While the understanding of lung cancer’s diagnosis and treatment has improved, additional work needs to be done. More than 221,200 new lung cancer cases will be identified in the U.S. in 2015 alone, and the American Cancer Society estimates more than 158,000 Americans will die of the disease. In addition:
- Lung cancer takes more lives than breast, prostate and colon cancers combined. It accounts for 27 percent of all cancer deaths and is the second leading cause of death in the U.S.
- Lung cancer is the leading cancer killer in every ethnic group. Since 1987, it has killed more women every year than breast cancer.
- The five-year lung cancer survival rate has changed little in nearly 40 years – from 12 percent in 1970 to 17 percent today.
This staggering loss of life has gone unnoticed for too long. The Bonnie J. Addario Lung Cancer Foundation mission is to change that prognosis. The ALCF funds clinical research that leads to life-saving discoveries and treatments and provides critical support services and educational programs to empower patients and create hope.
“The ALCF is focused on initiatives that empower patients to take a seat at the table wherever discussions are being made about their care,” said Addario. “We are committed to improving the standard of care and believe genomic testing and targeted therapy is the future of lung cancer treatment and the pathway to increasing the survival rate for all lung cancer patients.”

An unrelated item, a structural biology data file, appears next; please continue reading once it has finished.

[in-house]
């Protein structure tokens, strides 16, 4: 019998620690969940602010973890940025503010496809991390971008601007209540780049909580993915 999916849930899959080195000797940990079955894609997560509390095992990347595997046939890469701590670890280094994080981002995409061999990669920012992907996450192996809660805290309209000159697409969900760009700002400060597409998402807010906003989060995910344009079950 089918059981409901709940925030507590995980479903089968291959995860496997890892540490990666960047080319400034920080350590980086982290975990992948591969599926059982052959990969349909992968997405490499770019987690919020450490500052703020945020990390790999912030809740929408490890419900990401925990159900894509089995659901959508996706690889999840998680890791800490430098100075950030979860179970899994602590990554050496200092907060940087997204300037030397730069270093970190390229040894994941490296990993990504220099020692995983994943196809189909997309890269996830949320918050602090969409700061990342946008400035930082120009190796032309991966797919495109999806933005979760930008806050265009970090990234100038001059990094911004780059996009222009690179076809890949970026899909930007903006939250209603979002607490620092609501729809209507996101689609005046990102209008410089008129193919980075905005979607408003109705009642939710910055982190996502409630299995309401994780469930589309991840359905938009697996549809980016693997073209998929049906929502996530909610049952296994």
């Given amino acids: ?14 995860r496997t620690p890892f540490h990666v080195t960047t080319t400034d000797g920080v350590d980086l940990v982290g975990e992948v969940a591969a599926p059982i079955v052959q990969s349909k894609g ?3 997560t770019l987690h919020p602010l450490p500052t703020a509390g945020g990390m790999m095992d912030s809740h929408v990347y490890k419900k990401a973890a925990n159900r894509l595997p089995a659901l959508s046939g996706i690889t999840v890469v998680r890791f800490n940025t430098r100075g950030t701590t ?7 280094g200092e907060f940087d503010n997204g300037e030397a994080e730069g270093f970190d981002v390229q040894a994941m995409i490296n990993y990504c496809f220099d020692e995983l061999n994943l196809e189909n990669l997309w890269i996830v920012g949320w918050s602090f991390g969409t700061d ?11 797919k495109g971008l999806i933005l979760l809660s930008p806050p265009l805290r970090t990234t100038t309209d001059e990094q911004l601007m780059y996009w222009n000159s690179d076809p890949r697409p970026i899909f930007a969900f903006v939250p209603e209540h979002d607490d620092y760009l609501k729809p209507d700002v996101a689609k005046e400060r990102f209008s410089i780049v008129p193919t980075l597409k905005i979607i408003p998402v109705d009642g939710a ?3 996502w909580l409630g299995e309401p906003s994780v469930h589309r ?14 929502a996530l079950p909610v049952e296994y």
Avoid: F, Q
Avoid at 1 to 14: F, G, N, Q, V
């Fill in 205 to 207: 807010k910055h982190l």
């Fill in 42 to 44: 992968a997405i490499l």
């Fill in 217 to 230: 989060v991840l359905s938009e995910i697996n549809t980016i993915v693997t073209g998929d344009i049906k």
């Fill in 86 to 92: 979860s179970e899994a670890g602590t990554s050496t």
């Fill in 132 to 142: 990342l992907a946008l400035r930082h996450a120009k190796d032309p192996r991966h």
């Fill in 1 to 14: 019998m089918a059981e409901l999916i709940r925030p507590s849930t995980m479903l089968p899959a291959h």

About the Bonnie J. Addario Lung Cancer Foundation
The Bonnie J. Addario Lung Cancer Foundation (ALCF) is one of the largest philanthropies (patient-founded, patient-focused and patient-driven) devoted exclusively to eradicating lung cancer through research, early detection, education and treatment. The Foundation’s goal is to work with a diverse group of physicians, organizations, industry partners, individuals, patients, survivors and their families to identify solutions and make timely and meaningful change and turn lung cancer into a chronically managed disease by 2023. The ALCF was established on March 1, 2006, as a 501c(3) non-profit organization and has raised nearly $25 million for lung cancer research and related programs.
About FirstHealth of the Carolinas
FirstHealth of the Carolinas, a private, not-for-profit health care network, is headquartered in Pinehurst, North Carolina. With nearly 4,000 + employees, FirstHealth serves 15 counties in the mid-Carolinas and is made up of four hospitals, primary and convenient care clinics, dental centers, home health, hospice & palliative care, fitness centers, community outreach programs, inpatient and outpatient rehabilitation, EMS and critical care transport, and an insurance plan. With its Magnet recognition for nursing and robust philanthropic foundation, FirstHealth demonstrates a commitment to treating the whole patient and to providing quality health care for the entire community. Its cancer program has been accredited by the Commission on Cancer of the American College of Surgeons since 1995 and has received the Outstanding Achievement Award four times or every time for which it has been eligible. It is the only cancer program in N.C. to attain this achievement to date.
January 24, 2018
2018 Update: Anticoagulation, Thrombosis, ThrombophiliaYou are invited to attend a program 2018 2018 Update: Anticoagulation, Thrombosis, Thrombophilia January 24, 2018 Dinner at 5:45 p.m. Program to foll…